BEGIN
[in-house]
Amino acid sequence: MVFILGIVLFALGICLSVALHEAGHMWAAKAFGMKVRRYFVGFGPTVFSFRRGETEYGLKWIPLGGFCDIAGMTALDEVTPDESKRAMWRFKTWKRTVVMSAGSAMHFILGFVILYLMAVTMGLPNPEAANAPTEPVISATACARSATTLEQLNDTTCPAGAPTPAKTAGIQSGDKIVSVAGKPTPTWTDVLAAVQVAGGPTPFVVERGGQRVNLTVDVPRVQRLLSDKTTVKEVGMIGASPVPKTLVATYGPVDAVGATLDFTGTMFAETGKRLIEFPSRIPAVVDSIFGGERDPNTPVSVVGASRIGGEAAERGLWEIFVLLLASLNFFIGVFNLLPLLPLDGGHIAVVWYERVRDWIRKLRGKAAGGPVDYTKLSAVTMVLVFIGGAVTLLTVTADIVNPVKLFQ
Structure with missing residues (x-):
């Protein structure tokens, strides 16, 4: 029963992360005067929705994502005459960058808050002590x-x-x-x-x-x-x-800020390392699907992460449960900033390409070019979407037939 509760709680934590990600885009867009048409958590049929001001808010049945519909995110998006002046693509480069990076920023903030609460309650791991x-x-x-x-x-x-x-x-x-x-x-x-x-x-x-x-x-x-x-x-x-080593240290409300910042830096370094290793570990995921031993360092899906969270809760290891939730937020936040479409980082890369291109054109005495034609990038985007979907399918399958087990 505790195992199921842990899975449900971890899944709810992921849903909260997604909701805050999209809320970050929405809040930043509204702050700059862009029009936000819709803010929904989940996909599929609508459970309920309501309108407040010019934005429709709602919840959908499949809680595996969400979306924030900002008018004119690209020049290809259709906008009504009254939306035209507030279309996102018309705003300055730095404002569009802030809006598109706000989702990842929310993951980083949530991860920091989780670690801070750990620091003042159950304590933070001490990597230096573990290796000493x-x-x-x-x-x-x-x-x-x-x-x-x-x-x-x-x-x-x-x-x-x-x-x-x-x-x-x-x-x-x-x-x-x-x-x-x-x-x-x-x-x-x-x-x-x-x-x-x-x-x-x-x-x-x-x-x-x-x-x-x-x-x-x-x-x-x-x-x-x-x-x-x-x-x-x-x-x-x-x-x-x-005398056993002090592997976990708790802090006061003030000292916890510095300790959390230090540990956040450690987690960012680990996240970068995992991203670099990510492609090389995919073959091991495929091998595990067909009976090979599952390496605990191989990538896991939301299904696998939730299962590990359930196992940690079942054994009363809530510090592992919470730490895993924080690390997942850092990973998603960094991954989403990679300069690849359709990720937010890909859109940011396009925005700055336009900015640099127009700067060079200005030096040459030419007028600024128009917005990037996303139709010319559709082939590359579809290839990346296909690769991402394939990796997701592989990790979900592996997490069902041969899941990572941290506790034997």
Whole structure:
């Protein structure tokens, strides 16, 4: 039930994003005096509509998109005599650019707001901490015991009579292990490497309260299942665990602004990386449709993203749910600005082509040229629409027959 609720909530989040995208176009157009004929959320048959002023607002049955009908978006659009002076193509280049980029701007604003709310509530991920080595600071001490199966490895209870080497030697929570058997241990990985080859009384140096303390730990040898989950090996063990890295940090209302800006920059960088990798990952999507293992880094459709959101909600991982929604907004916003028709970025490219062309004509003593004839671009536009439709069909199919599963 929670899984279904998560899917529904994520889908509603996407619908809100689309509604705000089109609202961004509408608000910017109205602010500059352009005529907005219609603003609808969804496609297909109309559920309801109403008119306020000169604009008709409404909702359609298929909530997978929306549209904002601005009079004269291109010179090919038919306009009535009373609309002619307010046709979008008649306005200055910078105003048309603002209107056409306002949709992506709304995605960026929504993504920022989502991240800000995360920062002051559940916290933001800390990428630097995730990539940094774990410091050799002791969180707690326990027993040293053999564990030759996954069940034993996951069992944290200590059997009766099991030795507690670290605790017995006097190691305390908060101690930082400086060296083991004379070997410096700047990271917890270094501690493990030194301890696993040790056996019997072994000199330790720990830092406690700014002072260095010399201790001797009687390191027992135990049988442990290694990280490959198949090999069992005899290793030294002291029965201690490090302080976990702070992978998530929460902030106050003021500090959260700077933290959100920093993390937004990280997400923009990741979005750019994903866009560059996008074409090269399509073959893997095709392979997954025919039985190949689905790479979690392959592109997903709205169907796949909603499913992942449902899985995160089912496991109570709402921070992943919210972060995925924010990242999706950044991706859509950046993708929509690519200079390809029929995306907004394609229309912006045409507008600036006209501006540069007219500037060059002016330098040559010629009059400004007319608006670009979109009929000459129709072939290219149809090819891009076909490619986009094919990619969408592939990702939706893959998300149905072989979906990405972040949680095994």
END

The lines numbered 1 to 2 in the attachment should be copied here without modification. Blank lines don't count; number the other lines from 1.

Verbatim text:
[in-house]
Amino acid sequence: MVFILGIVLFALGICLSVALHEAGHMWAAKAFGMKVRRYFVGFGPTVFSFRRGETEYGLKWIPLGGFCDIAGMTALDEVTPDESKRAMWRFKTWKRTVVMSAGSAMHFILGFVILYLMAVTMGLPNPEAANAPTEPVISATACARSATTLEQLNDTTCPAGAPTPAKTAGIQSGDKIVSVAGKPTPTWTDVLAAVQVAGGPTPFVVERGGQRVNLTVDVPRVQRLLSDKTTVKEVGMIGASPVPKTLVATYGPVDAVGATLDFTGTMFAETGKRLIEFPSRIPAVVDSIFGGERDPNTPVSVVGASRIGGEAAERGLWEIFVLLLASLNFFIGVFNLLPLLPLDGGHIAVVWYERVRDWIRKLRGKAAGGPVDYTKLSAVTMVLVFIGGAVTLLTVTADIVNPVKLFQ